Monday Morning Insights

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    Top 100 Church Lists:  What’s up?

    Top 100 Church Lists:  What’s up?


    My friend Kent Shaffer hits a great point over at the Church Relevance blog:  What is most interesting about these lists is no longer the data itself but rather how many churches are choosing to no longer take part in these studies.

    Kent continues:  "From a research perspective, this nonparticipation is sad. But theologically speaking, the reasons many churches choose to not broadcast their numbers are quite noble. Many nonparticipating churches just don’t want to negatively affect other churches. And, of course others, just forget to report their numbers to the researchers."

    I agree.  I think there's one other possible reason that some churches aren't reporting their numbers this year.  I think... just possibly... that some churches may not have reported their numbers because their numbers are down.

    I mean, who wants to go from the 5th largest church in America to 8th?

    When this whole list thing started a few years back, it was fun.  It was interesting.  And, the first list ever presented, was probably the most honest.

    Human tendency says that the next year, the pressure was on to put up a better number for the list than the year before.  Now years into it, it's more and more difficult to produce an honest number that looks better the year before's number.  After all, you have people out there (like Kent!) who actually look at the numbers and compare them to other lists and other years.

    I'm not saying that churches knowingly fudge their numbers.  Not at all.  I'm just saying that there is an inherent pressure to make your numbers look better than last year's numbers.  And if you can't, maybe you don't participate in the top 100 list.

    Of course, this is just a theory.  It could be that some of these churches are just taking the more noble approach as Kent suggests, or that they simply forgot to report their numbers.

    I respect the people who do the research on the list.  I know them, and they are honest researchers and publishers.  Unfortunately for them though, having a top 100 list where a growing number of churches refuse to participate does not help their cause.  You simply can't have a top 100 list when part of the 100 is not included.

    What do you think?  Do you look at the top 100 lists?  Are they helpful?  Do you think they've run their course?  And do they lose any credibility when not everyone is included?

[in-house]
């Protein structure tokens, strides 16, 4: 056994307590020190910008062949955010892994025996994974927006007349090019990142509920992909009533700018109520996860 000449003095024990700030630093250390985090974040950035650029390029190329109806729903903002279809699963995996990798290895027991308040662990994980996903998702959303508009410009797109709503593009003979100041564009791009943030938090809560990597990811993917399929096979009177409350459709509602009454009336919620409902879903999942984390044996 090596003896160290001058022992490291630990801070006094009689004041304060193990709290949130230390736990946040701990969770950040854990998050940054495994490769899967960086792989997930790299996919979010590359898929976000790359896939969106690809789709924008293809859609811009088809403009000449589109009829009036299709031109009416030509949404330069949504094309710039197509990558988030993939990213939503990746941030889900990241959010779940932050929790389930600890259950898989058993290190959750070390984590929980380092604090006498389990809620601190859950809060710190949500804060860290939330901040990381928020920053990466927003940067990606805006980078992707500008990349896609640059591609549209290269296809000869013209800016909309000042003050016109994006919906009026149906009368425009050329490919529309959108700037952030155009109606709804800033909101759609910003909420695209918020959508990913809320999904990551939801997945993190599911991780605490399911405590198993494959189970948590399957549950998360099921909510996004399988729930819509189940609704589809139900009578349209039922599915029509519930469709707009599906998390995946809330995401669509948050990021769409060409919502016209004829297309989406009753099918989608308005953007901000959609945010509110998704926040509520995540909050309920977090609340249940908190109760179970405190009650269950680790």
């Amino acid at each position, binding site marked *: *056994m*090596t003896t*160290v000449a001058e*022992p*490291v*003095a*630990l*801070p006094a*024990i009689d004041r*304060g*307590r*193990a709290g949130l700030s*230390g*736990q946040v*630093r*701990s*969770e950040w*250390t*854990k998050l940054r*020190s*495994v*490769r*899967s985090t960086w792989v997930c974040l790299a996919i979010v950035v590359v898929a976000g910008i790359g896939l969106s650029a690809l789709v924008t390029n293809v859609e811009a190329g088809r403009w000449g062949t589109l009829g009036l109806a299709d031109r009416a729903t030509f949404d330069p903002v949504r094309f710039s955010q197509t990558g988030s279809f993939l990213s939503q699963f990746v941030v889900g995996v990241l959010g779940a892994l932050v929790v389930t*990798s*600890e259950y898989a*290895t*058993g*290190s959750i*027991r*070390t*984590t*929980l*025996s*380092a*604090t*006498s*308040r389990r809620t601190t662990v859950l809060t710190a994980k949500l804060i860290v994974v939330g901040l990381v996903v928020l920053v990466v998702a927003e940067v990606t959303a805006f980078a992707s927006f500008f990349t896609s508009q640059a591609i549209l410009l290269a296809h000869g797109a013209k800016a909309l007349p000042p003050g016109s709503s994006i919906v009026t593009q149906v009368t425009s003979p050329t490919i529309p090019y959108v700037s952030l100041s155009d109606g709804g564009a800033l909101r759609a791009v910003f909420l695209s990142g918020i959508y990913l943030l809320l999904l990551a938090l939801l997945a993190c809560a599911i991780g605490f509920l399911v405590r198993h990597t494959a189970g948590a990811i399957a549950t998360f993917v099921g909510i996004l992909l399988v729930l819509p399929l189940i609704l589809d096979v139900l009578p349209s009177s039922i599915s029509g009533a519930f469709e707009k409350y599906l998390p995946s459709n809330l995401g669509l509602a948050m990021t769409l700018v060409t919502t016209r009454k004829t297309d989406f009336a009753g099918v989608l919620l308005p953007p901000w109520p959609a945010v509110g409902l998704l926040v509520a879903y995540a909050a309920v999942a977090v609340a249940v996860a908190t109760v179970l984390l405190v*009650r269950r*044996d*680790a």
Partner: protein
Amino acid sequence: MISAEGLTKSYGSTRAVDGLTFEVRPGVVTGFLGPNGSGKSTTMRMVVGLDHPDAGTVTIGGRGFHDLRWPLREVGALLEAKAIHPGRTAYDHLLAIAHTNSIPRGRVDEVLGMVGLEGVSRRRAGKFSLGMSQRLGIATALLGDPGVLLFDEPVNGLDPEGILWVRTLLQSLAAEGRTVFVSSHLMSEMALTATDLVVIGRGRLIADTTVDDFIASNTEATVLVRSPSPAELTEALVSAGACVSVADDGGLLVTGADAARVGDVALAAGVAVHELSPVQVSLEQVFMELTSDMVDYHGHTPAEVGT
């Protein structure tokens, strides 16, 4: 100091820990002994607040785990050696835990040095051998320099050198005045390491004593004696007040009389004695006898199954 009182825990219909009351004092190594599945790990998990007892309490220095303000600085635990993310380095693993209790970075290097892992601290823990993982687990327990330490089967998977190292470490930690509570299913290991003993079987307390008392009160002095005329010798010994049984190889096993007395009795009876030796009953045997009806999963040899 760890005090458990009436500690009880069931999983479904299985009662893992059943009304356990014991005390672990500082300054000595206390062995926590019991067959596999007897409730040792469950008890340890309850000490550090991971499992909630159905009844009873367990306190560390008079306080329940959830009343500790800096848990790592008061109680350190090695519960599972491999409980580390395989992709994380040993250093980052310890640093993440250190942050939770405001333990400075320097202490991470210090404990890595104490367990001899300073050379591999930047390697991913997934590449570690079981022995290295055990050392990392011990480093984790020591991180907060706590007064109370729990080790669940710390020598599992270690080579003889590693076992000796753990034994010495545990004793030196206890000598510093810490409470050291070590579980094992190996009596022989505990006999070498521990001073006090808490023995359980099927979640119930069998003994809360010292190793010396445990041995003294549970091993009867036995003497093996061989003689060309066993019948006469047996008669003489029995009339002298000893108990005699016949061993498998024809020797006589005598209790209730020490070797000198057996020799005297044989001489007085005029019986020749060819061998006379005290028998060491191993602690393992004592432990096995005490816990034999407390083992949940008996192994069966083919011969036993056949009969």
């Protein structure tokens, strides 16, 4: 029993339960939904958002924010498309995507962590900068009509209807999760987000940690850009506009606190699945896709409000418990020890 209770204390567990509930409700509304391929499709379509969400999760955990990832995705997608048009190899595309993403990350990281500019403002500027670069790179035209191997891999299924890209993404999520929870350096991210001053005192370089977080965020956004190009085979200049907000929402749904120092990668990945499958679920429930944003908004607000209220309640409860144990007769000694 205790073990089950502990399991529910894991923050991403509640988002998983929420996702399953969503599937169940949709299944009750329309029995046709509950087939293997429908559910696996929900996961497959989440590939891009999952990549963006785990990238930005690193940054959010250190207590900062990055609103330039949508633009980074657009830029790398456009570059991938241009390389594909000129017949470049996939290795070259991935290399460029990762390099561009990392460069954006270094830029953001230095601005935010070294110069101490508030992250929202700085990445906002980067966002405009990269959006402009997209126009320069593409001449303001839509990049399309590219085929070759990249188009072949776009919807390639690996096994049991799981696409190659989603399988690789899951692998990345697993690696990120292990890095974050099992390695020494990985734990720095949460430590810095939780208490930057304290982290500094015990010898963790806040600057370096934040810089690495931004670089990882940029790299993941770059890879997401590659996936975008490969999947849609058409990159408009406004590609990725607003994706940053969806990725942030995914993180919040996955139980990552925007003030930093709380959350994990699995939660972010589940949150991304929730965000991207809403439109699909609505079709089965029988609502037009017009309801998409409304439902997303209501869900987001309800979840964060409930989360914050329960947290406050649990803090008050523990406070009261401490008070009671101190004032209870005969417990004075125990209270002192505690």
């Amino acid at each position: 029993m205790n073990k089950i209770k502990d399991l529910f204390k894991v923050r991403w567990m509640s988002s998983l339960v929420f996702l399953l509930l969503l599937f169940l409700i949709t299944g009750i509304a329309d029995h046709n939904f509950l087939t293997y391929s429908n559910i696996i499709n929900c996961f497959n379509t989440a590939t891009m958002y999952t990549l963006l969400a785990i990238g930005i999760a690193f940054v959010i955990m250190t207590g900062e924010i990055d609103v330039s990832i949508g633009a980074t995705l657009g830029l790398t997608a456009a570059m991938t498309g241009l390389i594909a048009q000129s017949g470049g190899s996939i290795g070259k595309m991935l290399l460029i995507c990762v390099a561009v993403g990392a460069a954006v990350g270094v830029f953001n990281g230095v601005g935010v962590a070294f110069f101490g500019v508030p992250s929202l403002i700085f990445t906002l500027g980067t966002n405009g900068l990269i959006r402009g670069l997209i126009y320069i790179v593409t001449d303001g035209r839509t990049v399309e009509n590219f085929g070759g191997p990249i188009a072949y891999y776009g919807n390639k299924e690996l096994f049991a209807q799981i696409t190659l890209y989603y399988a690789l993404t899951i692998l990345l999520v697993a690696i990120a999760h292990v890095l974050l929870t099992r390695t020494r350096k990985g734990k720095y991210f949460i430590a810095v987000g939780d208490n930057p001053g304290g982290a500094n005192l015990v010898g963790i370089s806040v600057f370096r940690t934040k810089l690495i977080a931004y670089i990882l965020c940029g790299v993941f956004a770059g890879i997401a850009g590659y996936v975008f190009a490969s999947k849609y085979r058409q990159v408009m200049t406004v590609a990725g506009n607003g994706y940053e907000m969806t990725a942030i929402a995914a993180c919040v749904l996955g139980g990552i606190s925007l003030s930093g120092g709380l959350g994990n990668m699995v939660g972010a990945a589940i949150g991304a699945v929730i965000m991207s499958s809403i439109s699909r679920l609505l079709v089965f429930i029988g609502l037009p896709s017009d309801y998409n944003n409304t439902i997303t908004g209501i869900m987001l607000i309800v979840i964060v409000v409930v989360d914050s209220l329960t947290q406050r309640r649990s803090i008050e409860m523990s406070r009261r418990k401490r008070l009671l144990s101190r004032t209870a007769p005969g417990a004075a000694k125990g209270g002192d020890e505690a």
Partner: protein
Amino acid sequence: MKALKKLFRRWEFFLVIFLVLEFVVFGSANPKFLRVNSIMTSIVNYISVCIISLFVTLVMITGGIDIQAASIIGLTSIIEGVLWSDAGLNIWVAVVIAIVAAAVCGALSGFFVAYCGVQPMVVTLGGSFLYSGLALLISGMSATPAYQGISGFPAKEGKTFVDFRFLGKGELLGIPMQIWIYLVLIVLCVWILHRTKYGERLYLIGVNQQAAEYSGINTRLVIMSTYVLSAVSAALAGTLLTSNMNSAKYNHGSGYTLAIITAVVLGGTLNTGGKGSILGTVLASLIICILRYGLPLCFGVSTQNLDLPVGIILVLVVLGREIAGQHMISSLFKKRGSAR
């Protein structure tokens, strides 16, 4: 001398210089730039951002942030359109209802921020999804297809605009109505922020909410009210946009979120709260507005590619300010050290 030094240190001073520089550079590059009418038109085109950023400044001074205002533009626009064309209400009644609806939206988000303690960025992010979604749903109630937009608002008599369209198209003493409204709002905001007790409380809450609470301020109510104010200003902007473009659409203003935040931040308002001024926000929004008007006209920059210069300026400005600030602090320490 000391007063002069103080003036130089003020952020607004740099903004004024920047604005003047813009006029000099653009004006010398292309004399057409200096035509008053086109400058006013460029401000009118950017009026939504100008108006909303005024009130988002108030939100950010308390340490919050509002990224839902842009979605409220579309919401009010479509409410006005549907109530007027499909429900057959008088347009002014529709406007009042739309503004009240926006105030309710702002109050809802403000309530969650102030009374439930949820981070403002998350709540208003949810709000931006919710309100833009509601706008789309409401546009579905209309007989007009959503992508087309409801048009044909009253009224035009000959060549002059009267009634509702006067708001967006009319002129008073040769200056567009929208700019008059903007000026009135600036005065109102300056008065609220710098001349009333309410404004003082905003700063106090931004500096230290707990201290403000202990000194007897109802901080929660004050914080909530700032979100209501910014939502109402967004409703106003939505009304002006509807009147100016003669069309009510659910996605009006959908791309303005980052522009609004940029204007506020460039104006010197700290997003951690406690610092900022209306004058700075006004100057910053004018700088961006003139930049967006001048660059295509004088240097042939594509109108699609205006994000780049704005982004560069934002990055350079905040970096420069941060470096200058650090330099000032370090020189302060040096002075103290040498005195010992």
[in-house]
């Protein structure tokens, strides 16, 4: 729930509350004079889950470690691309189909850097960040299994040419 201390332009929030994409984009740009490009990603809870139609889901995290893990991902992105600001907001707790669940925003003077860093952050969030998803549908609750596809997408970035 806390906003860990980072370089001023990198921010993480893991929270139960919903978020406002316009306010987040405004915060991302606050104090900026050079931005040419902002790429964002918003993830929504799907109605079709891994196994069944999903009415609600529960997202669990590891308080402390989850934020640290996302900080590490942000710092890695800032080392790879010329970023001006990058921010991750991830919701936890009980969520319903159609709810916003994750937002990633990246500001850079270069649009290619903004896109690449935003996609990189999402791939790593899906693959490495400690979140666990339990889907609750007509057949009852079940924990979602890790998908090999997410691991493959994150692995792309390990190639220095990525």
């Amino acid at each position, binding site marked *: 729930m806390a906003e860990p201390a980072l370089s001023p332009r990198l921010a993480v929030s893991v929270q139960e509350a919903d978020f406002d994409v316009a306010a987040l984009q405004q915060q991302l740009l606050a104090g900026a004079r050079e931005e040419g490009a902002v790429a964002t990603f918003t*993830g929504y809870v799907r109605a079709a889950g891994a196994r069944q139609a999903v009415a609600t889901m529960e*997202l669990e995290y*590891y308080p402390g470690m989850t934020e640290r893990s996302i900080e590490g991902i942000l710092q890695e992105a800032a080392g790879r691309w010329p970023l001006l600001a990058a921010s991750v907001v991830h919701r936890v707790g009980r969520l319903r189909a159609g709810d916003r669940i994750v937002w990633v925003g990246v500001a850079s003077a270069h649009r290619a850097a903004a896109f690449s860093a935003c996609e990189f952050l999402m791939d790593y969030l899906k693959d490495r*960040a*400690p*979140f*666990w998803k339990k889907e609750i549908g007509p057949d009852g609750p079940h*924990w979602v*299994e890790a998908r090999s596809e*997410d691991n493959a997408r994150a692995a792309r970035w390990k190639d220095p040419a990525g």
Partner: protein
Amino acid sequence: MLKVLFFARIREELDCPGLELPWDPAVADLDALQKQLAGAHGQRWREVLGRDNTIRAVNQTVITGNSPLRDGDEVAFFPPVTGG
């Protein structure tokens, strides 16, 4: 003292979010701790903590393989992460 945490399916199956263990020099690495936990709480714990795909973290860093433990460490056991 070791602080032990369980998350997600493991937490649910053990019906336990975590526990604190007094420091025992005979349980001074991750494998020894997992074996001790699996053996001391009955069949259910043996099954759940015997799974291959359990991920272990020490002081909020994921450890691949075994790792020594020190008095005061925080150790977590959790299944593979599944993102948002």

I'd love to hear your thoughts.



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    1. Rich Kirkpatrick on Wed, September 15, 2010

      I suspect “down” is a common thing. The myth is that a growth in overall attendance over a short period means spiritual growth—or even evangelism. It is possible that church’s have a life cycle and seasons like any other organism or organization.

    2. Matt Steen on Wed, September 15, 2010

      I have always wondered how 2 Samuel 24 plays into this whole numbering of the congregation thing…  we get so wrapped up in numbers… I tend to think it is a bad thing.

    3. Leonard on Wed, September 15, 2010

      I used this list to look at 2 things.  What kind of communication process did they use their website for.  In a day of media and web, I just wanted to see how much attention they paid to their web design.  I found most used as simple and crisp a website as possible.  I thought this was wise. 

      I used it to pray.  The pastor from one of the largest churches in this country once said, “there are churches, pastor and leaders out there that would rather I have and affair and fall than see anyone else come to Willow.” 

      I pray for not just these leaders but for the church in this country to be who God made it to be…

    4. CS on Wed, September 15, 2010

      I think these lists further the fallacy that big church=good church.  Just because a ton of people go there on a weekend or a church is growing at an exponential rate does not mean that that church is a godly church with good theology.  It’s become pretty routine that of the top ten largest churches in the US, usually at least 5 are bad or heretical.


    5. Bryan Craddock on Wed, September 15, 2010

      I find the list interesting, but I assume the numbers aren’t too accurate. I’ve served on staff at two large churches and it’s almost impossible to accurately track how many people are coming. We all tend to round up unless there’s really an undeniable drop.

    6. Peter Hamm on Thu, September 16, 2010

      I glance at the list, I don’t pay for it, and I am less affected by it all the time.

      I am interested, often, in hearing from people who’ve stayed on the list for a long time, because at the very least they may know loads about leadership that I can learn from them. (Groeschel comes to mind.) But I’m in a rural area and less affected by it than many.

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